The DBIR report listed several browser-related incidents in 2022 including:

  • In February, Google issued Chrome browser updates to mitigate one zero-day.
  • In June, Apple patched two zero-days in iPadOS and iOS and Google patched one in Chrome browser.
  • In September, Google patched five vulnerabilities being exploited in zero-day attacks on Chrome browser.
  • In October, zero-day attacks also struck Microsoft, Apple, and the Chrome browser.
  • In December, zero-day attacks impacted one Windows and one Chrome browser vulnerability respectively.

Erkan explained that as social engineering – phishing – pretexting – and other criminal artforms grow in subtlety and sophistication that “addressing the human element has never been more important. “Technical Web browser vulnerabilities can be addressed with software updates, but until organizations of all sizes put tools in place for every team member that automatically protect them from clicking on a risky link and going to a risky website, these attacks will continue to take down systems and result in potentially fatal losses. This is especially true of highly regulated industries, which are required by law to ensure risk is being managed professionally and effectively with modern solutions.”

Scott Chasin, CTO at Pax8, which has developed one of the world’s largest and fastest growing cloud marketplaces for MSPs serving Small and Medium Enterprises (SMEs), said interest in and consumption of cloud-delivered cybersecurity solutions has been growing steadily as more and more applications are being delivered as-a-service from the cloud.

“People often take the Web browser for granted,” Chasin said, “until they realize that in this world of remote working, their teams are using Web browsers constantly, on their smartphones, tablets, and laptops. During busy times, workers are multitasking just to keep up with their responsibilities and can easily click on something dangerous because an email looks normal enough to be trusted. All it takes is a single action to set off any number of detrimental consequences. We recommend that MSPs bring automation to solve for these increasing web and browser threats, including software that alerts users to even the most subtle social engineering and phishing attacks, and stops them from engaging with a nefarious website or application.”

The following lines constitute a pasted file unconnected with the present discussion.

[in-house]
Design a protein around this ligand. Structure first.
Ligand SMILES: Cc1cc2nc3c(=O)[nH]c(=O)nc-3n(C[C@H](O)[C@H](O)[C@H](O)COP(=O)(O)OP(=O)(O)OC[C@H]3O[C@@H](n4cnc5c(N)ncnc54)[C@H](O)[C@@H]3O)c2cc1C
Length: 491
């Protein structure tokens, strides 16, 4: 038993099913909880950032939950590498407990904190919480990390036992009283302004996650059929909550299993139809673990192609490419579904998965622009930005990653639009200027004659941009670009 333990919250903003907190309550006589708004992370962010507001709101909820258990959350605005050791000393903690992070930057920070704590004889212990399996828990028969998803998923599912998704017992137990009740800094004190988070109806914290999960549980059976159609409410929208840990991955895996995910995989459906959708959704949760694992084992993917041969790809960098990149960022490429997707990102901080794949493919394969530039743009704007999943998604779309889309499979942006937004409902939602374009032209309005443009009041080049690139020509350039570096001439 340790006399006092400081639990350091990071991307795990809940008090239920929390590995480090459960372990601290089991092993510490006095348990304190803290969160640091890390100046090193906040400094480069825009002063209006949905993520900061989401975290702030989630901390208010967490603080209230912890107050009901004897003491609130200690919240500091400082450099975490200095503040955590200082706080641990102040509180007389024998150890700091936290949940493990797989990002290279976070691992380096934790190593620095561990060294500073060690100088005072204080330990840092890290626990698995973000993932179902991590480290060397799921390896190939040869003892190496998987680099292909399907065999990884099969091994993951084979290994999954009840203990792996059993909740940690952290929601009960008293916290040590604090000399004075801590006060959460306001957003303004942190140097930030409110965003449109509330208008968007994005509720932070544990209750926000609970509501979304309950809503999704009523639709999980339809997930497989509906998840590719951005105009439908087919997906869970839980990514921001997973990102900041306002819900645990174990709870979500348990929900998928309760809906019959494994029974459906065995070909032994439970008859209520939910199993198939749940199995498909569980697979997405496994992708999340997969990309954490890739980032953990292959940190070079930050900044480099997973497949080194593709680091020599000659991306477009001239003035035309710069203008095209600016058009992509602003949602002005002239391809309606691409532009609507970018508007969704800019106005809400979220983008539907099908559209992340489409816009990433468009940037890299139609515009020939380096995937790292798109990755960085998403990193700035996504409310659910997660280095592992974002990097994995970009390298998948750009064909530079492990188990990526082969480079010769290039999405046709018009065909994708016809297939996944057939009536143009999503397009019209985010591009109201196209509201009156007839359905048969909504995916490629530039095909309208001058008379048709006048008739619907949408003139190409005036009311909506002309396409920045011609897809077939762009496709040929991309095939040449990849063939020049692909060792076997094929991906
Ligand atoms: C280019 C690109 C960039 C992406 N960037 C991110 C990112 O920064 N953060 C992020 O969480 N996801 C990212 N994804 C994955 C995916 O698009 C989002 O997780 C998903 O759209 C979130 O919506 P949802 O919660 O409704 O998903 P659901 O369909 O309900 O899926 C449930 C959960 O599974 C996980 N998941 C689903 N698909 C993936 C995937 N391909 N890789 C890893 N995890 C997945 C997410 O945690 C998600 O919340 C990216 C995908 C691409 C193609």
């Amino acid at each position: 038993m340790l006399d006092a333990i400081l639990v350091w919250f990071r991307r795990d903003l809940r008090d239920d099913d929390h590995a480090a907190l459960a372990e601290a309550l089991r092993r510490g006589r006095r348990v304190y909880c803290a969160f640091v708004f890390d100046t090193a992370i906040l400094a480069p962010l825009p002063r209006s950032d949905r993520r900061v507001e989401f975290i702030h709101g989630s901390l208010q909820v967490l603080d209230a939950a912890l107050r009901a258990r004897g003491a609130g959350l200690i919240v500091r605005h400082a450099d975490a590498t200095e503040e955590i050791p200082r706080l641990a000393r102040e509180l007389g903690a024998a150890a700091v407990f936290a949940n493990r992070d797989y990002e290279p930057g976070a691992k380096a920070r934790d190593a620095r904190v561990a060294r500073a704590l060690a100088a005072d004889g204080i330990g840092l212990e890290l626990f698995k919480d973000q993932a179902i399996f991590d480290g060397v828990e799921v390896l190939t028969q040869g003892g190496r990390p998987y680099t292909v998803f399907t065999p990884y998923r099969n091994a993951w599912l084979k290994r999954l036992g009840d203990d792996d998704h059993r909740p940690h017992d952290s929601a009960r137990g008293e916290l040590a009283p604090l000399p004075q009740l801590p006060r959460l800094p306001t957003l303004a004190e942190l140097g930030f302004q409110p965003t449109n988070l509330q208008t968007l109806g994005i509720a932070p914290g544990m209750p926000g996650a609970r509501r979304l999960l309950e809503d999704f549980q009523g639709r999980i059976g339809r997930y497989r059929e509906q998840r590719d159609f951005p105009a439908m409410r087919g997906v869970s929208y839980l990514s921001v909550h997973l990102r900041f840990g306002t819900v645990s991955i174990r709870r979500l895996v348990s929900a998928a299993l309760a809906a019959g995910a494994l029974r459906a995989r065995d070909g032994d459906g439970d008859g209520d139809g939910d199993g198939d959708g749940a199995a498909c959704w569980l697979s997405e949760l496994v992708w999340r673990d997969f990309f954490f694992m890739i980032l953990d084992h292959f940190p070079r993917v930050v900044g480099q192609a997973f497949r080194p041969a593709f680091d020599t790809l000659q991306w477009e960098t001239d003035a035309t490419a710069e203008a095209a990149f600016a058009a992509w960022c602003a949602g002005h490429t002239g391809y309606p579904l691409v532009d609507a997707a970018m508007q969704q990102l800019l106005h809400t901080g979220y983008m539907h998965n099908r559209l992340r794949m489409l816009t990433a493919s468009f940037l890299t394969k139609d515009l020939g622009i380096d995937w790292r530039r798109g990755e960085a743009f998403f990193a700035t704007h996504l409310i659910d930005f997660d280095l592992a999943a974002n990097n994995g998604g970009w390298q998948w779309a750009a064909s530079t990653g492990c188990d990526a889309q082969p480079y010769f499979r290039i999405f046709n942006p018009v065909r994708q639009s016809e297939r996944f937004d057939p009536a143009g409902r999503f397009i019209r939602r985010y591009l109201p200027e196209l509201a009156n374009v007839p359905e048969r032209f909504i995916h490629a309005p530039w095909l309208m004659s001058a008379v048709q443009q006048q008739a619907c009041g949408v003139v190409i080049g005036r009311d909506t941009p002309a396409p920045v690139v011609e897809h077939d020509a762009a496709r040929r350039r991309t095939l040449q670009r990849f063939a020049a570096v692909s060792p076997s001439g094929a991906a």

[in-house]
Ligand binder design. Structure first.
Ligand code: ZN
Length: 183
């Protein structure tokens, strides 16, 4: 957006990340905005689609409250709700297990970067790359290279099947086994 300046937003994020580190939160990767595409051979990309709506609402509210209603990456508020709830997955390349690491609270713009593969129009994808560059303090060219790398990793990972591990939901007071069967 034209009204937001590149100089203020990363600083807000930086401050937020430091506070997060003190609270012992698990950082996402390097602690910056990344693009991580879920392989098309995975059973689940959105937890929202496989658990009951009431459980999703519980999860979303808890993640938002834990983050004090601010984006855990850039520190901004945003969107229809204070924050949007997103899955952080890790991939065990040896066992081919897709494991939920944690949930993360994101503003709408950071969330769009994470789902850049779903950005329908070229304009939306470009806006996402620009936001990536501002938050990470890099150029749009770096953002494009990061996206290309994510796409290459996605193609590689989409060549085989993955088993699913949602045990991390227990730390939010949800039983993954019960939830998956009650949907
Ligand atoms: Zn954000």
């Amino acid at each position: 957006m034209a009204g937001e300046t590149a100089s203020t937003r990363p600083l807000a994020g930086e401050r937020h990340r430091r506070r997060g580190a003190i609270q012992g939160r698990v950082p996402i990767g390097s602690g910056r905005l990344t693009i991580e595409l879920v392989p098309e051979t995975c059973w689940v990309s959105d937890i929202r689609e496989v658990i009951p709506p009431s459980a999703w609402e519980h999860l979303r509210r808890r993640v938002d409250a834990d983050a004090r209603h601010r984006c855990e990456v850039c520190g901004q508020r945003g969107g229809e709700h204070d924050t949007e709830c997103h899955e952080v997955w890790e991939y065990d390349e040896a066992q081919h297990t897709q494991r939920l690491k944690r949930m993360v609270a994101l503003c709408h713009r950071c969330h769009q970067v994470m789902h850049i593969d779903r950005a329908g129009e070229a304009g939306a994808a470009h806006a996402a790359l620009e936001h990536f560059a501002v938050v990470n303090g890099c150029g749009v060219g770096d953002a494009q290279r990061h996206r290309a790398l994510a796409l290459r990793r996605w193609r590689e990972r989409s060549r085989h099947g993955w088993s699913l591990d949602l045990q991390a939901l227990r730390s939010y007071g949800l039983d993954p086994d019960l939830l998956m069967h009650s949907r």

Browser Isolation (also known as Web Isolation) contains web browsing activity inside an isolated environment to protect computers from any malware the user may encounter, and Remote Browser Isolation (RBI) can occur locally on the computer or remotely on a server and provides malware protection while browsing by eliminating the opportunity for malware to access the end user’s device.

“Web browser isolation, which is one important element of a solid security posture for organizations small and large, essentially secures against web-based threats by executing all browsing activity in an isolated virtual environment,” Erkan explained. “Threats are contained and can’t infiltrate any part of any communications ecosystem, including an end-user’s computer or smartphone, or other devices on the network. There are a variety of solutions, but where DefensX has found success is in making the solution easy to implement and manage, with a highly intuitive experience for end-users that they truly appreciate – automated guidance and security based on policy that stops attacks before they happen.”

According to an Insight Partners’ market study on “Browser Isolation Software Market Forecast to 2027 – COVID-19 Impact and Global Analysis – by Deployment, Enterprise Size, and End-Use Industry,” the market was valued at $1,830.8 million in 2019 and is projected to reach $6,635.1 million by 2027; it is expected to grow at a CAGR of 18.2% from 2020 to 2027.




Edited by Greg Tavarez